Brazil’s discovery of 5 billion to 8 billion barrels of offshore oil reserves in 2007 has triggered a new awareness of security needs in a country that has 4,625 miles of coastline and limited naval capabilities, including one aircraft carrier, built in 1960.
“Nobody wants to go to war, but when you discover huge oil reserves 200 miles off your coast, somebody has to protect them,” ABIMDE’s executive vice-president, retired Admiral Carlos Pierantoni, said in a June telephone interview. Pierantoni expressed concern over a possible scenario in which pirates took control of an offshore oil platform and announced, “ ‘Either you give me $200 million or I’ll blow it up.’ ”
The defense push has led foreign companies to set up shop or expand production capacity in Brazil. Helibras, controlled by Toulouse, France-based European Aeronautic, Defence & Space Co., this year will begin production of 46 of 50 EC725 helicopters worth 1.8 billion euros ($2.2 billion) for Brazil’s armed forces at a new plant in Minas Gerais state, the company said in an e-mail. The first four were made in Europe. A civilian version of the helicopter is designed to ferry supplies and personnel to offshore oil rigs.
Boeing’s F/A-18E/F Super Hornet, French Dassault Aviation SA’s Rafale and Swedish Saab AB’s Gripen are competing for a deal to deliver 36 jet fighters that the U.S. State Department says is worth as much as $4 billion. The decision has been repeatedly delayed, and Rousseff’s office in an e-mail said it has no estimate of when it may occur.
In a departure from previous defense contracts, foreign investors, including the winning jet fighter contractor, will be expected to partner with local companies, transfer technology and maximize local production. “We have no aversion to foreign capital, what we want is a commitment to develop national production capacity,” said Mattioli.
Boeing agreed in June to share know-how and market studies with Embraer for the KC-390, a military cargo aircraft to be built in Brazil. The companies will offer the plane as a global competitor to Bethesda, Maryland-based Lockheed Martin Corp.’s Hercules C-130.
Chicago-based Boeing in March chose AEL Sistemas, a subsidiary of Israel’s Elbit Systems Ltd. located in Brazil’s Rio Grande do Sul state, to develop and produce advanced cockpit avionics, and is looking for local partners in other defense sectors. Brazil is “an opportunity” as a defense market, production and research center, Donna Hrinak, president of Boeing Brazil, said by phone from Rio de Janeiro.
Italy’s Iveco SpA this year will build the first of 2,044 armored personnel carriers worth a total of 2 billion euros at a plant in Sete Lagoas in Minas Gerais state.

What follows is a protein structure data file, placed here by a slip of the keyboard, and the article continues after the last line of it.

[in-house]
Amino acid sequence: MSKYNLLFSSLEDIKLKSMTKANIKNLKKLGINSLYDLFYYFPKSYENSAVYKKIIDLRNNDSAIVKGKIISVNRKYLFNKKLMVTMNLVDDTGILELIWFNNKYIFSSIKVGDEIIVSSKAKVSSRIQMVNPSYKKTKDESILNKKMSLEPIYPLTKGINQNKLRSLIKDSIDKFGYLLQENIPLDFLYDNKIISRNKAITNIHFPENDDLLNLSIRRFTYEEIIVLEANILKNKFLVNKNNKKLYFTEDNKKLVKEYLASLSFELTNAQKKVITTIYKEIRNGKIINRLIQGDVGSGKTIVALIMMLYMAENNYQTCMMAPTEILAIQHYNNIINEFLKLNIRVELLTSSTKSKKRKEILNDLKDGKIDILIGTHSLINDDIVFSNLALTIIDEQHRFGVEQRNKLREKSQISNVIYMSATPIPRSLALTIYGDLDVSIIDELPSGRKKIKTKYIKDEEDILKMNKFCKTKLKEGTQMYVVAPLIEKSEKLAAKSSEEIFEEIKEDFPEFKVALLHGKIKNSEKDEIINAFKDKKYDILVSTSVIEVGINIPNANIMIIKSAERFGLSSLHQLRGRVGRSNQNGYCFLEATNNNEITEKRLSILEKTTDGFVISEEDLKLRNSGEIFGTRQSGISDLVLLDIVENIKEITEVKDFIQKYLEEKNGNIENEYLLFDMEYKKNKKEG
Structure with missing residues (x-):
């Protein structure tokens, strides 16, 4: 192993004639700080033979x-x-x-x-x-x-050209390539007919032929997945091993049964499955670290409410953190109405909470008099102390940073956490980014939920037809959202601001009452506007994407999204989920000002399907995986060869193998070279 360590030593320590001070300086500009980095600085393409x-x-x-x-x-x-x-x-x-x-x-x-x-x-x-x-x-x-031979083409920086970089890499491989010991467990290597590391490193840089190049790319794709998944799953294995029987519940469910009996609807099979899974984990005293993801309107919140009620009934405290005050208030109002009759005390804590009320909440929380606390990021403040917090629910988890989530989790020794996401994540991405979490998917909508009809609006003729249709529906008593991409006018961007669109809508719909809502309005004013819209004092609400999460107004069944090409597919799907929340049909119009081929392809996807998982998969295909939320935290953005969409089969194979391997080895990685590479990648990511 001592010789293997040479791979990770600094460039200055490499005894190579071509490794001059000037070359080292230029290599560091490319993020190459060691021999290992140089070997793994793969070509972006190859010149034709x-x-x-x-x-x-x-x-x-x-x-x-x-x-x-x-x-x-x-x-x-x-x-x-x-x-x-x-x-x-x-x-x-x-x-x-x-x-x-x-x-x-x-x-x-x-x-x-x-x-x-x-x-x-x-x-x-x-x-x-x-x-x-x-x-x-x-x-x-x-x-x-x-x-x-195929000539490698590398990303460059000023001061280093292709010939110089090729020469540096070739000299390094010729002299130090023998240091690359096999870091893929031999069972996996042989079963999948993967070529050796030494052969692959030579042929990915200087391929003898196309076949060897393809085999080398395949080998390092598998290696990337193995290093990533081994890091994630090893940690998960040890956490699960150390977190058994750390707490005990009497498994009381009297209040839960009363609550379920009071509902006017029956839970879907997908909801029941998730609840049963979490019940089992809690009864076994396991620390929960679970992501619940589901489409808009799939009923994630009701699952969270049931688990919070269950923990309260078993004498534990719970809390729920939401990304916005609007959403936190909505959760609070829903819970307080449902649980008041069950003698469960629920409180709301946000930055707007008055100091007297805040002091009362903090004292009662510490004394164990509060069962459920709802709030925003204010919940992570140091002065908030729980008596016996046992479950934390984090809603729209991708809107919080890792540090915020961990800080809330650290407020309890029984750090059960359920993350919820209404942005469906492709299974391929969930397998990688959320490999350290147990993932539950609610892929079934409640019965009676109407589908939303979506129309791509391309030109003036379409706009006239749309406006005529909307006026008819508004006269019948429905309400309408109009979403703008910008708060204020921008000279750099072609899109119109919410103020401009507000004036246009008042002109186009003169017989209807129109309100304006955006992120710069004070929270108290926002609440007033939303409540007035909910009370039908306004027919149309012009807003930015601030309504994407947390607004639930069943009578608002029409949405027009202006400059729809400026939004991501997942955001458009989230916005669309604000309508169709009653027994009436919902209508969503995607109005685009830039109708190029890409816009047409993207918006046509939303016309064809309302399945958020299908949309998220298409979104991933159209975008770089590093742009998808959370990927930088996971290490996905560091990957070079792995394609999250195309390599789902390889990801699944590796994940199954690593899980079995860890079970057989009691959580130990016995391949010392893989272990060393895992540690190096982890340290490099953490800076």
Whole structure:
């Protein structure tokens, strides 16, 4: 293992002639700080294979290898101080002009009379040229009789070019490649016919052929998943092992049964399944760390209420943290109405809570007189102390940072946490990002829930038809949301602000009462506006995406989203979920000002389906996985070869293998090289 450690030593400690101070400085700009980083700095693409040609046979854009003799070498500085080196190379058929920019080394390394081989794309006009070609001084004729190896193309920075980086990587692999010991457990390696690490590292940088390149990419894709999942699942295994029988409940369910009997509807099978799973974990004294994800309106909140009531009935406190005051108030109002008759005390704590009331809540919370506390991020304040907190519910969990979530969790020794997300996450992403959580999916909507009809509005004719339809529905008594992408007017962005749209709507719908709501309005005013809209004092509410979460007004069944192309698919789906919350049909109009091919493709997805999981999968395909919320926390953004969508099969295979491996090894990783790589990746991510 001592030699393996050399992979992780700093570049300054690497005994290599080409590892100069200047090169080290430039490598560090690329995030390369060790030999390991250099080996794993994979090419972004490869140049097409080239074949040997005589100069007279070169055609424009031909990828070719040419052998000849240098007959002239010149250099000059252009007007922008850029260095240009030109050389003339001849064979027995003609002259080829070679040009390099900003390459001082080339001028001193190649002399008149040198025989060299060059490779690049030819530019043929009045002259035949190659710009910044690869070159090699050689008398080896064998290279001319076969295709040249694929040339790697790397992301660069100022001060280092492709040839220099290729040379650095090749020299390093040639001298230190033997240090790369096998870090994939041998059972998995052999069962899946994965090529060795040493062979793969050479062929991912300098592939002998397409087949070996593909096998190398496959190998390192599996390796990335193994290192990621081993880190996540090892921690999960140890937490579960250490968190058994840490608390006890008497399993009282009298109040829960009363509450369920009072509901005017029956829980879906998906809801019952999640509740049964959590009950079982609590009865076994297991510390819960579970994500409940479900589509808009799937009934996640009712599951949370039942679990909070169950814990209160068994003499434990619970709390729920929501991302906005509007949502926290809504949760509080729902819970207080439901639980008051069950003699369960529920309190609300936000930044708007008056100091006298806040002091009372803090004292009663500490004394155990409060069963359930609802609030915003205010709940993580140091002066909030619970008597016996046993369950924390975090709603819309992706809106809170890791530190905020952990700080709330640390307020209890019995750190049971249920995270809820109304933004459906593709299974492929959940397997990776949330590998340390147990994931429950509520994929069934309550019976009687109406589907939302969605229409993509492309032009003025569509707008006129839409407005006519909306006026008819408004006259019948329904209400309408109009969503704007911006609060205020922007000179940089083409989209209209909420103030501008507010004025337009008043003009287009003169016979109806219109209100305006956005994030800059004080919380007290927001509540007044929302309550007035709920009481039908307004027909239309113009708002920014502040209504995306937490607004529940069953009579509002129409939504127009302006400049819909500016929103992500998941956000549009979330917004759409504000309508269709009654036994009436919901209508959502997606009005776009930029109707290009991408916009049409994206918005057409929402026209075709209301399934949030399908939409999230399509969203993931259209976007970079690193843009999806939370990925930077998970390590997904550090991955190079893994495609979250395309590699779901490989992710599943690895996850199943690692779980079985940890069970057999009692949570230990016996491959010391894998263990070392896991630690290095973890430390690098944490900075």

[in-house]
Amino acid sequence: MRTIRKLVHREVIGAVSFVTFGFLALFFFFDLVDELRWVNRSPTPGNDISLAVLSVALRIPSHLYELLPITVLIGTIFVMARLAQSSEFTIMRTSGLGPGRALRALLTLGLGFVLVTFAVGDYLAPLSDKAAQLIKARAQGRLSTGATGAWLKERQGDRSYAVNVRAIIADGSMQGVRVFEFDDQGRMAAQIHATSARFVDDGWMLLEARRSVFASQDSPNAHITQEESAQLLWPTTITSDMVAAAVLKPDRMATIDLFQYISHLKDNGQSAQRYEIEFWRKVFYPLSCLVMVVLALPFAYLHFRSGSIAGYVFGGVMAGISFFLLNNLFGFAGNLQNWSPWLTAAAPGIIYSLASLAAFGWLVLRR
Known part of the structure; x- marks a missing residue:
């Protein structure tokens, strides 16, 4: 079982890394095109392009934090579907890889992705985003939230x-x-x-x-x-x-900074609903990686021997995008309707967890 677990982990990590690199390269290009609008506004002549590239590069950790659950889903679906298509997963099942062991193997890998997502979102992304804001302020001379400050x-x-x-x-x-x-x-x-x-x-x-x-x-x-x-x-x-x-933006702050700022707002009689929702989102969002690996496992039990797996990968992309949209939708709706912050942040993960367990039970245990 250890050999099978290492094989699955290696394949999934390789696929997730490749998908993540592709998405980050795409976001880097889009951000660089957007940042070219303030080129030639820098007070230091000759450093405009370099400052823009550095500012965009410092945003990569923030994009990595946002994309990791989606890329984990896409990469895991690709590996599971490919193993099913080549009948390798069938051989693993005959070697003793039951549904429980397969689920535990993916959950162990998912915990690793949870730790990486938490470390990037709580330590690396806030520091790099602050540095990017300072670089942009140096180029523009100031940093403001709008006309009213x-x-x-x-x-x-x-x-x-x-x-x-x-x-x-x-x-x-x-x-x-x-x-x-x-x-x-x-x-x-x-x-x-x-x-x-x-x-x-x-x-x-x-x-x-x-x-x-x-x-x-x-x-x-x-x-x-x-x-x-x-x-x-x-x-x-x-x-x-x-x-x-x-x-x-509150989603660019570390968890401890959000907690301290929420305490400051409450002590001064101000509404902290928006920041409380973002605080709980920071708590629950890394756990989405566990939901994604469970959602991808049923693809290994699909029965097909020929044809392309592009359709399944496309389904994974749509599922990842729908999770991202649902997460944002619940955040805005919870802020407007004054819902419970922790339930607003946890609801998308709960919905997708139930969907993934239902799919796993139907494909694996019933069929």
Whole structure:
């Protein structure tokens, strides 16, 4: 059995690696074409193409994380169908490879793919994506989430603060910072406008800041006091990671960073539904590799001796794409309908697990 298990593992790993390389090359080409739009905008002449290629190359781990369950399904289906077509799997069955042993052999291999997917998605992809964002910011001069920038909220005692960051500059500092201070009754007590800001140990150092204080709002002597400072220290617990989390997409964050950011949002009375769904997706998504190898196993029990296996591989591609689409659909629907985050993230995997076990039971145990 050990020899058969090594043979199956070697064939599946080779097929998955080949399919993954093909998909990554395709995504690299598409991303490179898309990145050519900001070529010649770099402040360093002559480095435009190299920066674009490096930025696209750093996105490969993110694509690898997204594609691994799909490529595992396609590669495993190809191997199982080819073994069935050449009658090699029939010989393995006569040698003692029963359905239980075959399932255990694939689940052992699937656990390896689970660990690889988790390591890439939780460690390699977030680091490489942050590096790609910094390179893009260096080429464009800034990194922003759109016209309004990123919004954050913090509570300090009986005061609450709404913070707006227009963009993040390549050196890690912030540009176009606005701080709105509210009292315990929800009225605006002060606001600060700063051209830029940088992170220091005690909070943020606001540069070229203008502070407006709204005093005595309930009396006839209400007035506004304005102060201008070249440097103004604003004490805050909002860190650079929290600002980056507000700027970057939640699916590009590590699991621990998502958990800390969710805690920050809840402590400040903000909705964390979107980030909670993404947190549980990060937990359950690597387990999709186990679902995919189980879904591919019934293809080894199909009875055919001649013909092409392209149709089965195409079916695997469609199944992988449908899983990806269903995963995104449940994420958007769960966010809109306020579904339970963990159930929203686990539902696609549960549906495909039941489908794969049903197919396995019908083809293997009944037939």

France’s DCNS SA and Brazil’s Construtora Norberto Odebrecht SA are building five submarines, one of them nuclear-powered, in Rio de Janeiro state, costing the government 9.6 billion reais between 2012 and 2015, the Defense Ministry said.
Based in the Sao Jose dos Campos industrial hub near Sao Paulo, Avibras Industria Aeroespacial SA has created niche markets for itself abroad. Foreign sales make up 80 percent of Avibras’s $210 million in annual revenue, and the Middle East is the biggest client for its flagship export item of missiles and rockets. U.S.-led troops used Avibras’s Astros II multiple rocket launcher to attack Iraqi forces in Operation Desert Storm during the Gulf War.
Brazil is following the same model other defense exporters have. “The government helps a little to develop products and then you start exporting, generate profits, jobs and foreign exchange,” said Sami Youssef Hassuani, president of Avibras.
Products containing sensitive U.S. components could face export limitations under U.S. law. In 2006 the U.S. government blocked Embraer’s sale of Super Tucano turboprops to Venezuela.
Embraer and its partner Sierra Nevada Corp. are competing against Hawker Beechcraft Corp. for a U.S. Air Force contract worth as much as $1 billion to deliver light-attack aircraft to the Afghan military after the first contract it won was canceled in February because Hawker filed a suit over the decision. On July 10, Embraer signed a contract for a second batch of 8 Super Tucano planes to Indonesia’s air force.
While a growing defense industry in Latin America would have been unwelcome in Washington only a few decades ago, Brazil now is seen as a regional and global source of stability, U.S. Defense Secretary Leon Panetta said in April.
“There was a time when the United States discouraged developing military capability in countries in Latin and Central America,” Panetta told reporters after meeting Defense Minister Celso Amorim in Brasilia. “The fact is today, we think the development of those kinds of capabilities is important and if we can use those capabilities to develop the kind of innovative partnerships that I’m talking about, that will advance the security in this region.”